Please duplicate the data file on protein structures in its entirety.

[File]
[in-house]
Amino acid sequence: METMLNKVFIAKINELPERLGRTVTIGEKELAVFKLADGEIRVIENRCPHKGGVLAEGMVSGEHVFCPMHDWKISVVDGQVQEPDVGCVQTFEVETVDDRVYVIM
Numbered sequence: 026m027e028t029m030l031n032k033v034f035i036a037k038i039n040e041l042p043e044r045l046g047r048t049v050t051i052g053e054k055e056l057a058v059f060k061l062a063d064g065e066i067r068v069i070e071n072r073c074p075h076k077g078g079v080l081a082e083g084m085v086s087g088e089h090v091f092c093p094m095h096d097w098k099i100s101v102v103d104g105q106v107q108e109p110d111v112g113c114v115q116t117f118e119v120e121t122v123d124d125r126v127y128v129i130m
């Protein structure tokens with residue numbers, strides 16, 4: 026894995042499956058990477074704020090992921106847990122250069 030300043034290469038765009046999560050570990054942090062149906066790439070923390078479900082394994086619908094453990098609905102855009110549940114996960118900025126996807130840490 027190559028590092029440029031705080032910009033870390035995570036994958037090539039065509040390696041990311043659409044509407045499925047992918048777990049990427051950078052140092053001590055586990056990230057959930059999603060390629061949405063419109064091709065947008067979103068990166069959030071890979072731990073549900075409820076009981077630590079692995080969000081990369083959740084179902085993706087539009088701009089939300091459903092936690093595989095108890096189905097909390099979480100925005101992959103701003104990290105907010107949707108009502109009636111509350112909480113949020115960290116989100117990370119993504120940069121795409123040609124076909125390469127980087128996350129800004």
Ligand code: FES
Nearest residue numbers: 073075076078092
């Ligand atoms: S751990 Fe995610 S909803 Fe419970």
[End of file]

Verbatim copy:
[in-house]
Amino acid sequence: METMLNKVFIAKINELPERLGRTVTIGEKELAVFKLADGEIRVIENRCPHKGGVLAEGMVSGEHVFCPMHDWKISVVDGQVQEPDVGCVQTFEVETVDDRVYVIM
Numbered sequence: 026m027e028t029m030l031n032k033v034f035i036a037k038i039n040e041l042p043e044r045l046g047r048t049v050t051i052g053e054k055e056l057a058v059f060k061l062a063d064g065e066i067r068v069i070e071n072r073c074p075h076k077g078g079v080l081a082e083g084m085v086s087g088e089h090v091f092c093p094m095h096d097w098k099i100s101v102v103d104g105q106v107q108e109p110d111v112g113c114v115q116t117f118e119v120e121t122v123d124d125r126v127y128v129i130m
């Protein structure tokens with residue numbers, strides 16, 4: 026894995042499956058990477074704020090992921106847990122250069 030300043034290469038765009046999560050570990054942090062149906066790439070923390078479900082394994086619908094453990098609905102855009110549940114996960118900025126996807130840490 027190559028590092029440029031705080032910009033870390035995570036994958037090539039065509040390696041990311043659409044509407045499925047992918048777990049990427051950078052140092053001590055586990056990230057959930059999603060390629061949405063419109064091709065947008067979103068990166069959030071890979072731990073549900075409820076009981077630590079692995080969000081990369083959740084179902085993706087539009088701009089939300091459903092936690093595989095108890096189905097909390099979480100925005101992959103701003104990290105907010107949707108009502109009636111509350112909480113949020115960290116989100117990370119993504120940069121795409123040609124076909125390469127980087128996350129800004």
Ligand code: FES
Nearest residue numbers: 073075076078092
């Ligand atoms: S751990 Fe995610 S909803 Fe419970």